More than 5 million people are currently living with Alzheimer’s and they’re not the only ones whose lives are affected by the disease. Their loved ones, the doctors that help them, and the hired caregivers and memory care workers that help take care of them all have lives that are heavily influenced by the effects of Alzheimer’s. And the incidence of the disease is only likely to grow in the years to come.
That’s the bad news. The good news is that when a disease is as common and disruptive as Alzheimer’s, it draws the interest of a lot of brilliant minds seeking to better understand it and find solutions that can help the people diagnosed with it.
As such, a lot of scientists are hard at work trying to understand the workings of Alzheimer’s disease better and find ways to fight back against its effects. One promising potential treatment that scientists have recently begun to explore is the use of brain waves.
How Brain Waves Relate to Alzheimer’s Symptoms
To understand how brain waves may play a role in treating Alzheimer’s, you first have to understand what brain waves even have to do with the disease.
Researchers have found that how quickly brain waves fire is tied to how well and actively our brain is working. When an average brain is awake but not working especially hard, the brain waves fire about 12 to 30 times a second. When the speed increases to 30 to 90 times a second, the faster brain waves are called gamma waves and are associated with the more difficult mental tasks we all tackle at different points throughout the day like using and making memories, paying attention to something, and learning.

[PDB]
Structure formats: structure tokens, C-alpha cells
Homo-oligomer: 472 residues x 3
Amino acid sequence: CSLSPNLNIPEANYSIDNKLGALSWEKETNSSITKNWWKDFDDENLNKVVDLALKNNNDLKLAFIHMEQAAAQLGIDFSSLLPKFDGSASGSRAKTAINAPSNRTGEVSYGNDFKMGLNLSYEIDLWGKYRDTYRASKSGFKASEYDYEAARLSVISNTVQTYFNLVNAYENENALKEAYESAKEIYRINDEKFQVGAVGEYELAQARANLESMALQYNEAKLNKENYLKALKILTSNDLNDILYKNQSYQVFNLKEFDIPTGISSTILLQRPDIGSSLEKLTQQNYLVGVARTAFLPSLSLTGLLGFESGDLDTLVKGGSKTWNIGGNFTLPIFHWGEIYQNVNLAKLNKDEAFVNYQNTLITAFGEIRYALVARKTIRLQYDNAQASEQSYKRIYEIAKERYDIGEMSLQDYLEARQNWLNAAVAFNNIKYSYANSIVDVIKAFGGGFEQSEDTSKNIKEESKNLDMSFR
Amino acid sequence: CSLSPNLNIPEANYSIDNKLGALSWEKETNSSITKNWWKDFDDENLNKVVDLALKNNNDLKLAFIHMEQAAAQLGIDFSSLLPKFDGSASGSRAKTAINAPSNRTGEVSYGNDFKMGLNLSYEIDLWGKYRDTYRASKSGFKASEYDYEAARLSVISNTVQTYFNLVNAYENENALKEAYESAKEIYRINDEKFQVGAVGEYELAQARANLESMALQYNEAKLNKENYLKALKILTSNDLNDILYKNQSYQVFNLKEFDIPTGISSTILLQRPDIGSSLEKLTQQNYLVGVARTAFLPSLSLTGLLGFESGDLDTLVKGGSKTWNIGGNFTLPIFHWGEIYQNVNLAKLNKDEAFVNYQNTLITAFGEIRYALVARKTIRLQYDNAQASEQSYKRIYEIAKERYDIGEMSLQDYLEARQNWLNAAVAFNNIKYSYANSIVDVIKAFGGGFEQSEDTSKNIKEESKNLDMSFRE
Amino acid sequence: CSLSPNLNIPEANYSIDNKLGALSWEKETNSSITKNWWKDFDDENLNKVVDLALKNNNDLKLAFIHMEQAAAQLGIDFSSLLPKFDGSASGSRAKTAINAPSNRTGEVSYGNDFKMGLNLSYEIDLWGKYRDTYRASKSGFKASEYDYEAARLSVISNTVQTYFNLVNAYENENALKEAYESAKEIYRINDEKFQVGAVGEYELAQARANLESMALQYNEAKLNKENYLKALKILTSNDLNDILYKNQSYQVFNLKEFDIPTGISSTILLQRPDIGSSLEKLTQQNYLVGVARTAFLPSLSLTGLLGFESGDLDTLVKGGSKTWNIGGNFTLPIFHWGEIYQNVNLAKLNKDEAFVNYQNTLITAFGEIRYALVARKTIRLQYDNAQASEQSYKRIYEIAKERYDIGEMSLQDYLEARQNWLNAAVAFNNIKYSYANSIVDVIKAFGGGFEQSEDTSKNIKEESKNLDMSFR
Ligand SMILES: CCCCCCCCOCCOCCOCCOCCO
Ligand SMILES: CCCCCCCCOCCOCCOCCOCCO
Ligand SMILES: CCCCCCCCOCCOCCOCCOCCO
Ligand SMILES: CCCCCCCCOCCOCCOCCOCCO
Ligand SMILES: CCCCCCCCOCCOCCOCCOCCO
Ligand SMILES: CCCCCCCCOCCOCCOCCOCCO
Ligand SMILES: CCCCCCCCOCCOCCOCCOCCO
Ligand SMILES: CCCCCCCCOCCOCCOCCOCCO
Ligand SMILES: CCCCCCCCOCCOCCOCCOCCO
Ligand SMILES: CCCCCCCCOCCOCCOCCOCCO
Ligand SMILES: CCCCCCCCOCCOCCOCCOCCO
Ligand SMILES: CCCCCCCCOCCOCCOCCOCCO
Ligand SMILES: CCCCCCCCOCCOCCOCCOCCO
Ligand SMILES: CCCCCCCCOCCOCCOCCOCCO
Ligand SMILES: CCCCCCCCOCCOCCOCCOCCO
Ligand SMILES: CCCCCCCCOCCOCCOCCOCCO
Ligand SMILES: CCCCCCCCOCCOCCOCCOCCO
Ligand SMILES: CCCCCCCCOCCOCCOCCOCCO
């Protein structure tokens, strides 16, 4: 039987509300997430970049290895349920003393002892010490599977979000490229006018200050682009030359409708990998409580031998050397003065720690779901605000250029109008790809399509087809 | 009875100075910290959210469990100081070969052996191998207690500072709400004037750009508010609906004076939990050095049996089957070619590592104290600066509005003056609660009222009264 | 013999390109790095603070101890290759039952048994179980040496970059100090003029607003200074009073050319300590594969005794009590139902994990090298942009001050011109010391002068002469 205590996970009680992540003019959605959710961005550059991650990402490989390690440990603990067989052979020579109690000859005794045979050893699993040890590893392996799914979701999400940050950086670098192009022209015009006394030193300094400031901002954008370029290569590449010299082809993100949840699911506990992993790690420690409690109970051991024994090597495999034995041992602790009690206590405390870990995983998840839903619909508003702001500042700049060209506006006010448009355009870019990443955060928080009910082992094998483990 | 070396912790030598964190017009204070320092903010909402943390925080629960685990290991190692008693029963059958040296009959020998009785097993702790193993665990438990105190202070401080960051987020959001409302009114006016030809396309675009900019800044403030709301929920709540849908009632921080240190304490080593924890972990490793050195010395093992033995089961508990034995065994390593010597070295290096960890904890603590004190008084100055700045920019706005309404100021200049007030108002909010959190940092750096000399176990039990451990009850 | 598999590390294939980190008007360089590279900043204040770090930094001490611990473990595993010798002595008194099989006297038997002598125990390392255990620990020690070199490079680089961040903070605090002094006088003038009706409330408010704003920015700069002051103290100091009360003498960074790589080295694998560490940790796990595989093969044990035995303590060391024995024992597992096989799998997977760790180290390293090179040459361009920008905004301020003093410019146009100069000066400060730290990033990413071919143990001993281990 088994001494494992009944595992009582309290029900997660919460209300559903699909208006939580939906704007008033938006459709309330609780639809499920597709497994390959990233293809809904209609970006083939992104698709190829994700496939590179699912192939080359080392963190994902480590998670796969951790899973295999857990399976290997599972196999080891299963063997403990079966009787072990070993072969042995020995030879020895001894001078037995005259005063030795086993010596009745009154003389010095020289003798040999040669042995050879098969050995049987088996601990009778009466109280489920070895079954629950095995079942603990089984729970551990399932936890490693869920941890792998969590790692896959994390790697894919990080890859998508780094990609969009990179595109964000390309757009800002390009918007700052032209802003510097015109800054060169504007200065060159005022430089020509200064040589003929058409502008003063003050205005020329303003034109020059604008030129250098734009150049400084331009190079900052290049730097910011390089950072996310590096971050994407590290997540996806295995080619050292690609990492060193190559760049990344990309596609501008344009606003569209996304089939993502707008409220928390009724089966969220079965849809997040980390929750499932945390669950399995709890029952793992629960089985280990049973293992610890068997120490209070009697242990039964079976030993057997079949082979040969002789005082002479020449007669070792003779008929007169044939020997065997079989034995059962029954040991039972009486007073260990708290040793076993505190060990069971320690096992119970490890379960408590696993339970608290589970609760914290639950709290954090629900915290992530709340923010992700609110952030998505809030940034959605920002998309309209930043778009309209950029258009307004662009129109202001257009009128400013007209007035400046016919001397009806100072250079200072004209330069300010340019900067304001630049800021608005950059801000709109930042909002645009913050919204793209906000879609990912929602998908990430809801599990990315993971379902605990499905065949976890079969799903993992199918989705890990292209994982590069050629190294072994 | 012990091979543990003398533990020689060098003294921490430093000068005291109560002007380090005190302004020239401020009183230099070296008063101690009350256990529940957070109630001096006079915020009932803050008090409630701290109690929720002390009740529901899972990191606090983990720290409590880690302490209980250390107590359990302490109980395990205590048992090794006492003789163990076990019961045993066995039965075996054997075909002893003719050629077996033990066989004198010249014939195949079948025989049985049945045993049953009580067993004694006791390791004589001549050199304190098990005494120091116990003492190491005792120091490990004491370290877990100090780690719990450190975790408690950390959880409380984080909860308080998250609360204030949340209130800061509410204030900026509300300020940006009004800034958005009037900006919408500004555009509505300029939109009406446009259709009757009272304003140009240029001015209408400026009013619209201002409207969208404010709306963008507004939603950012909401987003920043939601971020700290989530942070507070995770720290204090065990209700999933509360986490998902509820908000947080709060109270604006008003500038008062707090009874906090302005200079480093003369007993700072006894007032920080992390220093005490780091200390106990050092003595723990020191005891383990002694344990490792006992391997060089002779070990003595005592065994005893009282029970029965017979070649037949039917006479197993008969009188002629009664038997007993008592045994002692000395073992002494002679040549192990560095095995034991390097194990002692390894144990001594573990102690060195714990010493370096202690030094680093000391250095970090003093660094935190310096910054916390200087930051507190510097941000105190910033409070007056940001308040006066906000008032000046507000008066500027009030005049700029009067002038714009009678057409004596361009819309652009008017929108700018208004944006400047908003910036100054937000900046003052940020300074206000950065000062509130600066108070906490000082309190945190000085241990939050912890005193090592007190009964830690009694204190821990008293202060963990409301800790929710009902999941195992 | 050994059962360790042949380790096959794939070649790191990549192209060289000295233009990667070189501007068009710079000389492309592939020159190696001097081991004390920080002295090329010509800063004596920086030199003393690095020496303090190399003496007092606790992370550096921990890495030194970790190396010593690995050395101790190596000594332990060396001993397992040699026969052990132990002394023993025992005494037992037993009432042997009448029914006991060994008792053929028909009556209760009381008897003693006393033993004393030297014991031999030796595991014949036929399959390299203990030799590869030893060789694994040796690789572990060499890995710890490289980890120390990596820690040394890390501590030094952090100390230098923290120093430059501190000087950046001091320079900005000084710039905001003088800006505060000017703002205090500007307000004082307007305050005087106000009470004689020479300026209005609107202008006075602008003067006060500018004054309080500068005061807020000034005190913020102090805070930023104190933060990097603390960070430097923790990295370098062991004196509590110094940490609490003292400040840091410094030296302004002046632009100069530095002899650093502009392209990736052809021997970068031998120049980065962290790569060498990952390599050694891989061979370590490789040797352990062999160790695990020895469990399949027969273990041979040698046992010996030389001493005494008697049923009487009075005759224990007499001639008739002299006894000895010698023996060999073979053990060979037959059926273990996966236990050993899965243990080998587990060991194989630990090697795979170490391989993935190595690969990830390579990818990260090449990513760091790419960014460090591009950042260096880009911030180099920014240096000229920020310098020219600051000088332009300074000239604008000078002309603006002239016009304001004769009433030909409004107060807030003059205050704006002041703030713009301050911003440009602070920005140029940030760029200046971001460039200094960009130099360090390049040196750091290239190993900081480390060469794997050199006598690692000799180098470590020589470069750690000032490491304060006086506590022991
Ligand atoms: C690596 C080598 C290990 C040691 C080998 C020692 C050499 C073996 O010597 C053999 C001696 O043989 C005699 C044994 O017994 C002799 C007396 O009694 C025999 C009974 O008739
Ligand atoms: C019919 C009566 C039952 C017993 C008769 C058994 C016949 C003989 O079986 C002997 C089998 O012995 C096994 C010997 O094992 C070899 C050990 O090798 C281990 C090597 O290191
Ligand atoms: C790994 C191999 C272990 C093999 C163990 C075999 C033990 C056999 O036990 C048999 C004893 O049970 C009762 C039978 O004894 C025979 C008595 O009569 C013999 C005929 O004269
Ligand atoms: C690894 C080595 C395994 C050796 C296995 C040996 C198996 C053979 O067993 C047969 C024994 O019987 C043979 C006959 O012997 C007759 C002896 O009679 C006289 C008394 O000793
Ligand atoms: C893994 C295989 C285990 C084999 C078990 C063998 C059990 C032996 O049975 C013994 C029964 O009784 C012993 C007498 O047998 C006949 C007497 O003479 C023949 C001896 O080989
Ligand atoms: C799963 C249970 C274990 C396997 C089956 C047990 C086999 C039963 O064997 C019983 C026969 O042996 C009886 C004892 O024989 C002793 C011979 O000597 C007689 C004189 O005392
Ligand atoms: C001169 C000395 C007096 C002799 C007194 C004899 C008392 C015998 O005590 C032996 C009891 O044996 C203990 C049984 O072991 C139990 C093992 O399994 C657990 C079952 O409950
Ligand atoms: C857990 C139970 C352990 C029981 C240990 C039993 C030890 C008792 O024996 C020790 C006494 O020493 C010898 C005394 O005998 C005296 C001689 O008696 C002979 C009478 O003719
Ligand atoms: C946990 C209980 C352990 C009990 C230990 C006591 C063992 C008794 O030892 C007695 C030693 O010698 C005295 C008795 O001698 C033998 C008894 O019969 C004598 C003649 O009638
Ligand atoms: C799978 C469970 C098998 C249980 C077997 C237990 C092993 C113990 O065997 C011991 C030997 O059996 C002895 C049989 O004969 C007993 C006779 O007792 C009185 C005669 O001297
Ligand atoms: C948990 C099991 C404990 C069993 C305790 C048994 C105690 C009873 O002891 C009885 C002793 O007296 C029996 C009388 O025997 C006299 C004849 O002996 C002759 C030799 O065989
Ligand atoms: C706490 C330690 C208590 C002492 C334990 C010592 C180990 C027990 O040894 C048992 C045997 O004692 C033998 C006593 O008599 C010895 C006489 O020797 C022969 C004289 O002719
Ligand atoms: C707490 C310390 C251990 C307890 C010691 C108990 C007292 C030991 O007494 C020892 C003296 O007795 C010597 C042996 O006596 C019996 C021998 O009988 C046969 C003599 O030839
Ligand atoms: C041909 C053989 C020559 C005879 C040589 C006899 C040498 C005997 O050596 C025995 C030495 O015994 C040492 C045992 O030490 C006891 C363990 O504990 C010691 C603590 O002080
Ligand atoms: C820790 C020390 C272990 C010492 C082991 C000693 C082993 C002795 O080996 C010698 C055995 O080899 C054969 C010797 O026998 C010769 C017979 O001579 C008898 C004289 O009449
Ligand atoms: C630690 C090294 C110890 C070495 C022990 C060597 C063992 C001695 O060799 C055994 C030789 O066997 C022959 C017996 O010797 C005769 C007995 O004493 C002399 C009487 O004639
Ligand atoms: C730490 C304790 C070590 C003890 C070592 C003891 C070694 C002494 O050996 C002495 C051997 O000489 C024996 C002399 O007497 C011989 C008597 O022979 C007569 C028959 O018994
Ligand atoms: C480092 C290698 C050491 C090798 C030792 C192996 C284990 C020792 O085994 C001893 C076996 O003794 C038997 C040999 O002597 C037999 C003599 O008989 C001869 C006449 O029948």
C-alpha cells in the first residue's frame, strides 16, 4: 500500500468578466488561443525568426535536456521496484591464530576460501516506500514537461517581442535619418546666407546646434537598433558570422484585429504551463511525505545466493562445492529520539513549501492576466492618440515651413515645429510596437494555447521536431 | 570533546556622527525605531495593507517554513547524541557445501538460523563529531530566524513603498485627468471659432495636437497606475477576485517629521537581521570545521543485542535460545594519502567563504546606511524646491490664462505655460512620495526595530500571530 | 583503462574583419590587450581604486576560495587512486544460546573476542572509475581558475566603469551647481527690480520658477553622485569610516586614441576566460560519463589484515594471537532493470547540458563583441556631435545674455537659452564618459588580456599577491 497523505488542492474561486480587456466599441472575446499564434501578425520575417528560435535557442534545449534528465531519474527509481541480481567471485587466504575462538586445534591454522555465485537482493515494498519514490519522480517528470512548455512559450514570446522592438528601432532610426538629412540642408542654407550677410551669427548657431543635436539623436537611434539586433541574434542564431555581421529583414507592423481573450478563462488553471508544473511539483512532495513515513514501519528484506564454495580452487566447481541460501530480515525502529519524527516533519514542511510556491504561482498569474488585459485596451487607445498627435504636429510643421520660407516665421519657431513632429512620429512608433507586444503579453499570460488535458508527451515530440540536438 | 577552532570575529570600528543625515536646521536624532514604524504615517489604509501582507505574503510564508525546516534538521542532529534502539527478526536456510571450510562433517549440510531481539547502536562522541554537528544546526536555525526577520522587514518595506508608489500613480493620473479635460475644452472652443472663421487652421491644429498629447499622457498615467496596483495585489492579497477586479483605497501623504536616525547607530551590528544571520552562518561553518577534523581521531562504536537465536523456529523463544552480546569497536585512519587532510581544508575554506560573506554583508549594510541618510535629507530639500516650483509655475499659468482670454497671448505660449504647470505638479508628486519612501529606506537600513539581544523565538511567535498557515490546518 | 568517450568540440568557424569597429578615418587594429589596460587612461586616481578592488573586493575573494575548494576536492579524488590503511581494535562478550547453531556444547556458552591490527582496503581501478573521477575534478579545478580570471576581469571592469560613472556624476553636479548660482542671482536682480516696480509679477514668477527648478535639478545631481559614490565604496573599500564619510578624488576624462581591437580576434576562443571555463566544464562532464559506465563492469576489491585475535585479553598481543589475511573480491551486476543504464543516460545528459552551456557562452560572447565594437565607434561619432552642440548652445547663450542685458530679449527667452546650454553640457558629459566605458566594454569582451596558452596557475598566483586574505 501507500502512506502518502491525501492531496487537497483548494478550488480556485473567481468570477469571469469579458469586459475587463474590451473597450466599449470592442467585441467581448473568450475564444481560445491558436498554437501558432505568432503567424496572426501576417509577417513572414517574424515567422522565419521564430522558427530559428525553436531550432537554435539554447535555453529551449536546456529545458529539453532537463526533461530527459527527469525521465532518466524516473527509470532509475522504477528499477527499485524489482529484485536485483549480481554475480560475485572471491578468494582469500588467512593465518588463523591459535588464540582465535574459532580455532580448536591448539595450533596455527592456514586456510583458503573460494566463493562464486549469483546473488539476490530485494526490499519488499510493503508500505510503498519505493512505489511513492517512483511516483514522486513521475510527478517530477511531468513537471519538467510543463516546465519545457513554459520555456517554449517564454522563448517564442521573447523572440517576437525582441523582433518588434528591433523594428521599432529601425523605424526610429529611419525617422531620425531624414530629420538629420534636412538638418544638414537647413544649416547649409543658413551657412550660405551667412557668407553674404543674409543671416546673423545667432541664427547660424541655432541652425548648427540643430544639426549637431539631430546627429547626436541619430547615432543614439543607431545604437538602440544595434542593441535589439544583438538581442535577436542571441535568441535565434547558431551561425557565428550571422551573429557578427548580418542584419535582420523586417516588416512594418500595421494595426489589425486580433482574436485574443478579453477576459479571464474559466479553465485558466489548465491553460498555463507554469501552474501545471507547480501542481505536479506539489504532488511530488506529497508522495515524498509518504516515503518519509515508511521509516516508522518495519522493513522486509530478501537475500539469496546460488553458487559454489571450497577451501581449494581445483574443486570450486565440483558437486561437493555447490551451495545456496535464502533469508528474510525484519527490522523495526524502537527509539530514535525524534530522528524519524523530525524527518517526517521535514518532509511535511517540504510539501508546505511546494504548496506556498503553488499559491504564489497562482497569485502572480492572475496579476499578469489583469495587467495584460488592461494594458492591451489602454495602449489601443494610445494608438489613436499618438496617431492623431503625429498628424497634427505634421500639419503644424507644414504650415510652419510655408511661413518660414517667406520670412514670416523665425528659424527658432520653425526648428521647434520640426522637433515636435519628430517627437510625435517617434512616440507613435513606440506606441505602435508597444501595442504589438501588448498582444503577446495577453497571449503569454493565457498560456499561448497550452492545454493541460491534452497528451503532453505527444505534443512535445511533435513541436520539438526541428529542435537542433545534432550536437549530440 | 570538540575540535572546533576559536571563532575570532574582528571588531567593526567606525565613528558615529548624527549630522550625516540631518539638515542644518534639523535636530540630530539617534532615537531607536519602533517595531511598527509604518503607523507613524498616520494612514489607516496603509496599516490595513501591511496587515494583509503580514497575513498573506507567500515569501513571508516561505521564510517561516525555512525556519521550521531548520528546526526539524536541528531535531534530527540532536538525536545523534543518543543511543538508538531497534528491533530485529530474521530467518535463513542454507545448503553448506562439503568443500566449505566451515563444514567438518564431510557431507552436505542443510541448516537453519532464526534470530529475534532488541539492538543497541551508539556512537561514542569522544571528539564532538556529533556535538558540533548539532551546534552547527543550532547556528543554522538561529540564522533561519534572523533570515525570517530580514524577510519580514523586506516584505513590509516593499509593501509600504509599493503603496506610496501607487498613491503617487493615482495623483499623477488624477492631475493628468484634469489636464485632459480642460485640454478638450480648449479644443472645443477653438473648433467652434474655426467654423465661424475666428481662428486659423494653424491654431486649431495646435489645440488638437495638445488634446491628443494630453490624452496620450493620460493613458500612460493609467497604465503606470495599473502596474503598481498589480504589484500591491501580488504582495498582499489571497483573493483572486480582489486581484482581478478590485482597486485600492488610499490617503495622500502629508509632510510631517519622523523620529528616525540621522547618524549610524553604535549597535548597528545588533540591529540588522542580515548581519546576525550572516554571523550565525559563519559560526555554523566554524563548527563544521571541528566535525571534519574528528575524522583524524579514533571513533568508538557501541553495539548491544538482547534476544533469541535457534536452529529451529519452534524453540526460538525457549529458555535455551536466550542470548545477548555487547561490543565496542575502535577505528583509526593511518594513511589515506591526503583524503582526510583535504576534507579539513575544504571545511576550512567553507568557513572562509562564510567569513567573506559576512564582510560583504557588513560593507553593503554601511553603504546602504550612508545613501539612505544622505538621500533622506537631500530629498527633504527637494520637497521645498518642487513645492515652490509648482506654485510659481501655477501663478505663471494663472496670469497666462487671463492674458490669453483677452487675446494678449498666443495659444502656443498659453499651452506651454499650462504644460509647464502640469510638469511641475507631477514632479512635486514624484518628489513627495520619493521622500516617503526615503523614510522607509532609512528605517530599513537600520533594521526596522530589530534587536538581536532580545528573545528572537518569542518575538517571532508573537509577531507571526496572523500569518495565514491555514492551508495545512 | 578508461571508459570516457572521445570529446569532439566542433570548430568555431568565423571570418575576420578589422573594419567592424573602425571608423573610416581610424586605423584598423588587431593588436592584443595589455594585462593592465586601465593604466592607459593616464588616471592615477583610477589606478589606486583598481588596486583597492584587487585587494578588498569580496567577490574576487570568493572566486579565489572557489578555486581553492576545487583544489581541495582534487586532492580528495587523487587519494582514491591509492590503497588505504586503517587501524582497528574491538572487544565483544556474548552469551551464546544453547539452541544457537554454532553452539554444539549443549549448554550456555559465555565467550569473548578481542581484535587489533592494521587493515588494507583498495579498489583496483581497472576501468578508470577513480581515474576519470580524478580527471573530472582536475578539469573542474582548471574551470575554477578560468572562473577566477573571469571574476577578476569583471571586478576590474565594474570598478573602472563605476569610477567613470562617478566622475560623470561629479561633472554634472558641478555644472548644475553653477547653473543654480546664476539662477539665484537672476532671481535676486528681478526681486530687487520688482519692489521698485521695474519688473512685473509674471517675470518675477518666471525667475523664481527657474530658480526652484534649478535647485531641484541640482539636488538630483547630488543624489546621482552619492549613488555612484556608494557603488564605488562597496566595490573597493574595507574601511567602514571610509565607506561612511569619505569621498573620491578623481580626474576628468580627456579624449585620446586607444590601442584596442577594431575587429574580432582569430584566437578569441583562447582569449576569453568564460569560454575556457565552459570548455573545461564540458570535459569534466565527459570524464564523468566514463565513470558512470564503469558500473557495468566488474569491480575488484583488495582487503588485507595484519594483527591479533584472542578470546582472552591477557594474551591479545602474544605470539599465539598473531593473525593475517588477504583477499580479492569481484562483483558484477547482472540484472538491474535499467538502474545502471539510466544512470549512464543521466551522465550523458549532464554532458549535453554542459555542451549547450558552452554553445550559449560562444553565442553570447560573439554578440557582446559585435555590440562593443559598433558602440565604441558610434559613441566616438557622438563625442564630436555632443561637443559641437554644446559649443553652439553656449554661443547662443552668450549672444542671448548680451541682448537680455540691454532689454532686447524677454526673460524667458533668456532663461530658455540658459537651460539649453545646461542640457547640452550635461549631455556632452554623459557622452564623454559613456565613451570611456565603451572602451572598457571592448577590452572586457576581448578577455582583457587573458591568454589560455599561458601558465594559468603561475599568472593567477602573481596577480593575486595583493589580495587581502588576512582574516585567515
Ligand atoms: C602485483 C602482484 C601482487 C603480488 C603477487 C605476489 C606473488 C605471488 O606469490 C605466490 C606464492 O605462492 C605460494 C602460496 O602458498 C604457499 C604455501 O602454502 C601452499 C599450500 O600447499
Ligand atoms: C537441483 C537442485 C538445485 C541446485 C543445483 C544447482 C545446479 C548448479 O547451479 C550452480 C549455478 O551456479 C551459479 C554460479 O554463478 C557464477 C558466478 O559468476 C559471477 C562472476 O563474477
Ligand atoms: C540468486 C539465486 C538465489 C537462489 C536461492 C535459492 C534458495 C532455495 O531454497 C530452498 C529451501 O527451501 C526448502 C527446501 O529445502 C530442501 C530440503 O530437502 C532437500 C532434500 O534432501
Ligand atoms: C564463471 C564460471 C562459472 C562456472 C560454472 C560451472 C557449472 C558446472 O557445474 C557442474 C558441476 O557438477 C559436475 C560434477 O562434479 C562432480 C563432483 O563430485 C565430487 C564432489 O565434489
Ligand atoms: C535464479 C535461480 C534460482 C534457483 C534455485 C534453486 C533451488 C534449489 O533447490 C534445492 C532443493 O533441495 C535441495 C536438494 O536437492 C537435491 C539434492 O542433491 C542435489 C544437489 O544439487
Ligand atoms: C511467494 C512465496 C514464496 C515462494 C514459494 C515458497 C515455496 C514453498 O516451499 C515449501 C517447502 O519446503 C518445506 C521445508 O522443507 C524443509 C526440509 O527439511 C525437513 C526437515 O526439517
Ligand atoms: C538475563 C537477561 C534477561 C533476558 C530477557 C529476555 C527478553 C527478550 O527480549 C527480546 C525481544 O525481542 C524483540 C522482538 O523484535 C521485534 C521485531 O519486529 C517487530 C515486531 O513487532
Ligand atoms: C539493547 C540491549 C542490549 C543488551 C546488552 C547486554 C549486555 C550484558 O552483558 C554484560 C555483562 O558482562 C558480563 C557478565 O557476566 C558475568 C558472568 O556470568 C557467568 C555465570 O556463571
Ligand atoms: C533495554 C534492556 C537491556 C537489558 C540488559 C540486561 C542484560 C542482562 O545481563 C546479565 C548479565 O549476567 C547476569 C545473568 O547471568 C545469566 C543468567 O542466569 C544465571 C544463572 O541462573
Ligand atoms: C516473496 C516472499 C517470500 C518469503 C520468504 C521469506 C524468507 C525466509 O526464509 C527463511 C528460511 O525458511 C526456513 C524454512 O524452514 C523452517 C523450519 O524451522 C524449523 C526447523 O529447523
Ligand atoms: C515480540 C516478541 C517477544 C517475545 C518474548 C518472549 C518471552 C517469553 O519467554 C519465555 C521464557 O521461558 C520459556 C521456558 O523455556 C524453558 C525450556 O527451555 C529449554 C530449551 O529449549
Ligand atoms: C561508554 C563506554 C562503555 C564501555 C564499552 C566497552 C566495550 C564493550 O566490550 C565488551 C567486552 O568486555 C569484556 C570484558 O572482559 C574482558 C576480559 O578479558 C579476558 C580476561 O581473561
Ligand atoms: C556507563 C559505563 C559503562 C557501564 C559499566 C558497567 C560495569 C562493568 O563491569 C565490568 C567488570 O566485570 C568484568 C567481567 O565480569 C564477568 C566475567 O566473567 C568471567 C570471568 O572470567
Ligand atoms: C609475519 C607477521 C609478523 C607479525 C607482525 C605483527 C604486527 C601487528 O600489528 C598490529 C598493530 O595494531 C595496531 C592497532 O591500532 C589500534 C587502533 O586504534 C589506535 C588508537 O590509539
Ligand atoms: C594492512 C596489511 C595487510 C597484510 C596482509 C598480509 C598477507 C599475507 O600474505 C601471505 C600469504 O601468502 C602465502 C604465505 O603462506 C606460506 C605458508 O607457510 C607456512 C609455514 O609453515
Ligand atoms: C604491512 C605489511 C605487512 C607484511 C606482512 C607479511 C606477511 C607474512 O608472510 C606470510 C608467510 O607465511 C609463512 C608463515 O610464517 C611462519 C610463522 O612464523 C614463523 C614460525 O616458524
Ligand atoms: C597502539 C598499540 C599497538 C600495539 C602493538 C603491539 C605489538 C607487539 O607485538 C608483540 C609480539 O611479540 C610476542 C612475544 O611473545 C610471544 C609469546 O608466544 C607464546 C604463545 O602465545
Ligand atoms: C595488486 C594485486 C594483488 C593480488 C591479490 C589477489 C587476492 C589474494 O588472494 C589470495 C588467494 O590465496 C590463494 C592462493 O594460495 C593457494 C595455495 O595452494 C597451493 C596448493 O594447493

Researchers have noticed that the gamma rays in the brains of people with Alzheimer’s are often disrupted, possibly by the plaques of protein that build up in the brain and are believed to cause the symptoms common to the disease.
The Research So Far
The scientists Hannah Jaccarino and Annabelle Singer have studied how restoring normal gamma rays in a type of mice that’s prone to Alzheimer’s affects their brains. Their research so far has shown that the gamma rays help to mobilize a type of cell called microglia that are sometimes called “janitorial cells” because they help clean the brain up. In this experiment they set up, these janitorial cells worked on ridding the brain of the harmful deposits of protein that are common in Alzheimer’s brains.
That’s potentially a big deal. It means gamma rays could possibly be used to remove (or at least reduce the instances of) the main physical component associated with the disease from the brain of Alzheimer’s patients.
What The Research Means for Patients
At this point, the studies have only been done on mice. While that gives researchers some idea of what to expect with people, it by no means assures that a similar process would work the same on human brains.
Complicating things a bit, researchers have to figure out how to apply gamma rays to human brains. Li-Huei Tsai, an MIT researcher, believes that flashing lights at the right frequency might do the trick, although it’s a theory that hasn’t been fully tested yet.
For now, any treatment related to this research is a ways away from being available to human patients. Nonetheless, as all people who have watched a loved one suffering from Alzheimer’s know, any progress is meaningful. If today’s research points us in the right direction for tomorrow’s treatment, it has the potential to significantly improve the lives of many.